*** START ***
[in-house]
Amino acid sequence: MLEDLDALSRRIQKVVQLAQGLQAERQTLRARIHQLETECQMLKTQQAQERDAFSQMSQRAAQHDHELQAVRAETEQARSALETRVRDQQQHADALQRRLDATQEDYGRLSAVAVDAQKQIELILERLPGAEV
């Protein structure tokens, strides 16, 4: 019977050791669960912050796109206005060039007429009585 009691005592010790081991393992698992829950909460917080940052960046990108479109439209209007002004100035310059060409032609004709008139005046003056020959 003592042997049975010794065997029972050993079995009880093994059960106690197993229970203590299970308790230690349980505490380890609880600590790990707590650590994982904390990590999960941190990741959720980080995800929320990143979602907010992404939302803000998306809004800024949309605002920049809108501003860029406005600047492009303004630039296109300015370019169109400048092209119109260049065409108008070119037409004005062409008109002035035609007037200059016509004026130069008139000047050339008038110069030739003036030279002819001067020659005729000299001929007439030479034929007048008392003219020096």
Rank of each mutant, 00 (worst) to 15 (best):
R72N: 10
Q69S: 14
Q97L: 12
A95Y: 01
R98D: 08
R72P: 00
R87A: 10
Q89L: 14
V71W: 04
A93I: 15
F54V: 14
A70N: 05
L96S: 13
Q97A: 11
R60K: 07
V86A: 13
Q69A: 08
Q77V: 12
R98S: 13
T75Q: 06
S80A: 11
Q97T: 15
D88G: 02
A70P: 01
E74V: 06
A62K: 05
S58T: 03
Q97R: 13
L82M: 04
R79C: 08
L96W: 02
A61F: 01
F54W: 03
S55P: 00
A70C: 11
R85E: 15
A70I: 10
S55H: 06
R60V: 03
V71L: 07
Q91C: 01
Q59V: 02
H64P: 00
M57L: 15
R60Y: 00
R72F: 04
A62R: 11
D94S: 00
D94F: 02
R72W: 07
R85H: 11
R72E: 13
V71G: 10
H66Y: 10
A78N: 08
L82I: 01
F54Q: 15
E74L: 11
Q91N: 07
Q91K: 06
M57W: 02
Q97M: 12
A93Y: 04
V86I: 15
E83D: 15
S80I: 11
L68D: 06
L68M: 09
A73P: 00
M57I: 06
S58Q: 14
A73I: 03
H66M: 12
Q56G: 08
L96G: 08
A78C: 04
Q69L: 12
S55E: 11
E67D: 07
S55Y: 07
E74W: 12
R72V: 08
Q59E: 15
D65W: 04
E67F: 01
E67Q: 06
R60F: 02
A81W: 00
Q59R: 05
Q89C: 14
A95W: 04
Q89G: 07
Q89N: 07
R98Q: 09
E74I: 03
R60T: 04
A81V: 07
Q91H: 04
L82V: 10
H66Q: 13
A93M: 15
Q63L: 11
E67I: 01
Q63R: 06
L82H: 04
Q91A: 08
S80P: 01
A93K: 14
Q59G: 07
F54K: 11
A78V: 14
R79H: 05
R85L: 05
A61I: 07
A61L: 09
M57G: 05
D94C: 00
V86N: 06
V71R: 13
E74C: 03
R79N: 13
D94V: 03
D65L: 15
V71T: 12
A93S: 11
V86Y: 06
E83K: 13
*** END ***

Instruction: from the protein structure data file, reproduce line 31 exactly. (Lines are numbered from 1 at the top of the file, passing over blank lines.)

S58T: 03